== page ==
Anyway, most of the other guys on the Blues in the “that’s a big fella” category weren’t really moving the needle too much: Robert Bortuzzo, Joel Edmundson, Jay Bouwmeester (really more or less along for the ride getting big minutes), Sundqvist, Sammy Blais, Carl Gunnarsson. Some, like Sundqvist and Blais, were fine. Others were outright bad.

The only two who had a more definitive impact in terms of quality on-ice play were 6-foot-4 Zach Sanford, and Pat Maroon, who’s an inch shorter than that. The Blues’ four best offensive players, meanwhile? They range from 6-1 (Schenn and O’Reilly) to 6 feet even (Vladimir Tarasenko, though he’s also 225) to 5-foot-10 (Jaden Schwartz).

No one’s saying they didn’t play physical hockey or that this type of game wasn’t part of what turned the Sharks and Bruins into ground hamburger meat by the end of their respective series. But to reduce their quality to being a size issue does them a disservice even taking into account that their best forwards are of average size at best.

But hey, if your team wants to chase the 6-foot-5 Guy dragon, go nuts. But just don’t be surprised if he ends up being a lot more like Robert Bortuzzo than Colton Parayko.

31 Takes: Playoff Edition (coverage of all 31 teams returns after the draft)

Boston Bruins: Turns out Jake DeBrusk played through a good chunk of the playoffs with concussion symptoms and of course the meatheads in the Boston media were like, “What a warrior.” This sucks, morons! Y’know, if you have a broken thumb or a cracked rib or a wonky groin and you wanna play though it, I suppose you can’t be too mad at that even if I think it’s not good for you. If you have a brain injury, the fact that your team would even let you play is [expletive]-ing vile. Players are gonna try to kill themselves to win a Cup and I guess I can’t blame them. But their employers absolutely shouldn’t allow them to do it. As much crap as the Warriors caught heat for letting Kevin Durant risk blowing out his calf or Achilles, the Bruins should catch 50 times more for letting a guy “battle through” a concussion. And the media should be ashamed of itself for cheerleading it. Holy hell.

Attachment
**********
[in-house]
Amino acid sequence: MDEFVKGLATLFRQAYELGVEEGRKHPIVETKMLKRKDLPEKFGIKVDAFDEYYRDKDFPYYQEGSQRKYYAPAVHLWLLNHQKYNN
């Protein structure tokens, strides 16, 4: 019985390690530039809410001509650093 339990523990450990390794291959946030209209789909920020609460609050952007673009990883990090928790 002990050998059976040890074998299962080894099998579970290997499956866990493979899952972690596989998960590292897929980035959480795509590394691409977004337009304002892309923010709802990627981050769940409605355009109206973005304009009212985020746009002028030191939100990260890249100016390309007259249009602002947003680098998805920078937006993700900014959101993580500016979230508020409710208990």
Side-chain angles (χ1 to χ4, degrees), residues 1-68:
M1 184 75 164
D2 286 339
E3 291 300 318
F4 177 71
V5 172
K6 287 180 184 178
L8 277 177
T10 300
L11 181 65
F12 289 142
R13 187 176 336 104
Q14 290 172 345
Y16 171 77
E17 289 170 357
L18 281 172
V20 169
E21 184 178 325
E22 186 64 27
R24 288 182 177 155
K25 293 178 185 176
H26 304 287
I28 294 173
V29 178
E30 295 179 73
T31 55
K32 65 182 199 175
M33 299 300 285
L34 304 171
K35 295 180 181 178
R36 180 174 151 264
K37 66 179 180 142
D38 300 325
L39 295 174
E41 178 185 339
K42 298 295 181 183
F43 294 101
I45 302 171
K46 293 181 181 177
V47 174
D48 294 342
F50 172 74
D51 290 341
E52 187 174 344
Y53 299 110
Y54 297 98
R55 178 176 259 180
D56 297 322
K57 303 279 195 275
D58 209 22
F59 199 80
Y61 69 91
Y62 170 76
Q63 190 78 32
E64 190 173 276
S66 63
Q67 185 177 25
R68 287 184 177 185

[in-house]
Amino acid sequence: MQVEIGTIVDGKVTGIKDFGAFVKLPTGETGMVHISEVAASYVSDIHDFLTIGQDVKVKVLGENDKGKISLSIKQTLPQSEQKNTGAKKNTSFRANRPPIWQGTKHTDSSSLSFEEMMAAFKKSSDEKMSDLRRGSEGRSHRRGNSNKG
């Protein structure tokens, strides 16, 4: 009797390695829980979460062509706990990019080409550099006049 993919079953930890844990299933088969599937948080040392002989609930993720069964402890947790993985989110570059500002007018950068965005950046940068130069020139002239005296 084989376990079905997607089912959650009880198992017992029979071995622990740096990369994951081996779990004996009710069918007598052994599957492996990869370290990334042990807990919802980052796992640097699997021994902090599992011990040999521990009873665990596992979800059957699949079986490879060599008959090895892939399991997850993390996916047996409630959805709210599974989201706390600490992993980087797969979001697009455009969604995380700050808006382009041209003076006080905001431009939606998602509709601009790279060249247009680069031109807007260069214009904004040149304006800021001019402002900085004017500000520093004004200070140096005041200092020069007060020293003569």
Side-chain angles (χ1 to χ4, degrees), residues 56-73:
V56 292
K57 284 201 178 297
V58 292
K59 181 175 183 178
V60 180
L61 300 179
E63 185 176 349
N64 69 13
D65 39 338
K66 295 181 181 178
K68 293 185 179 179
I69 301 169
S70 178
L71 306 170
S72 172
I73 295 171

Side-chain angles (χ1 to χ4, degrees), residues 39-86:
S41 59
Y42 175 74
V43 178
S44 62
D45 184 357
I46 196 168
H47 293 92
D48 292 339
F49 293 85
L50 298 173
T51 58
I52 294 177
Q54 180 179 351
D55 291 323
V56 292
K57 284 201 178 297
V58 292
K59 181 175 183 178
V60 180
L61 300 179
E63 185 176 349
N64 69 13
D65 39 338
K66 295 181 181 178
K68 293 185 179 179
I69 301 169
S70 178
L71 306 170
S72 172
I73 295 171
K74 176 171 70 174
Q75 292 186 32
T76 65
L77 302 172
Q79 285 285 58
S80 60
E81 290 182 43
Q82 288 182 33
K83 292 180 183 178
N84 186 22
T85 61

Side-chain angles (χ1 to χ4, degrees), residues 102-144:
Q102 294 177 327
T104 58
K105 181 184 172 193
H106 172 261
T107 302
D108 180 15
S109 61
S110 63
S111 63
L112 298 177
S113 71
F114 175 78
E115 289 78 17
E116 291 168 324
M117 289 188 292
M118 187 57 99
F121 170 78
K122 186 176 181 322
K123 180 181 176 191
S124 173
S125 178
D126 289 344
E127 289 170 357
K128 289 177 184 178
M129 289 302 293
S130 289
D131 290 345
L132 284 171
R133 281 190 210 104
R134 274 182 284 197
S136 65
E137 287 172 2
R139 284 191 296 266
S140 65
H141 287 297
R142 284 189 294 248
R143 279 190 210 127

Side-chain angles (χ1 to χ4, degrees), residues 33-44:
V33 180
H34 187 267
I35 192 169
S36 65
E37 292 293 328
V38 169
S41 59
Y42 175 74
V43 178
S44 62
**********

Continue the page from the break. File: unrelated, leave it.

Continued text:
St. Louis Blues: Don’t have too much more to say about these guys, but as it relates to the Blues and a divisional or conference rival, well: “lol” and “lmao.”

Gold Star Award

Ryan O’Reilly should have been a top-3 Hart guy in awards voting and it’s a joke that he wasn’t but damn if he didn’t go all the way off in the Cup Final. Good for him.

Minus of the Weekend

With Andrew MacDonald and Dion Phaneuf getting bought out this weekend, and (as of this writing) storm clouds looming over David Backes, you gotta wonder once again just how many contracts that were obviously “they shouldn’t have done that” deals on Day 1 end up getting bought out. My estimate is and remains: 80 percent.

Play of the Weekend

Credit where it’s due: This is the save that probably guaranteed a Blues title.

Perfect HFBoards Trade Proposal of the Week

User “jonlin” had me at “Toronto - Carolina blockbuster!”

Hurricanes get:

- Kadri 4,5M/yr 3yrs

- Nylander 6,96M/yr 5yrs

Leafs get:

- Brett Pesce 4,025M/5yrs

- Julien Gauthier

- 2020 1st

- 2021 2nd


Some folk’ll never eat a skunk, but then again some folk’ll, like Cletus the Slack-Jawed Yokel.

Ryan Lambert is a Yahoo! Sports hockey columnist. His email is here and his Twitter is here.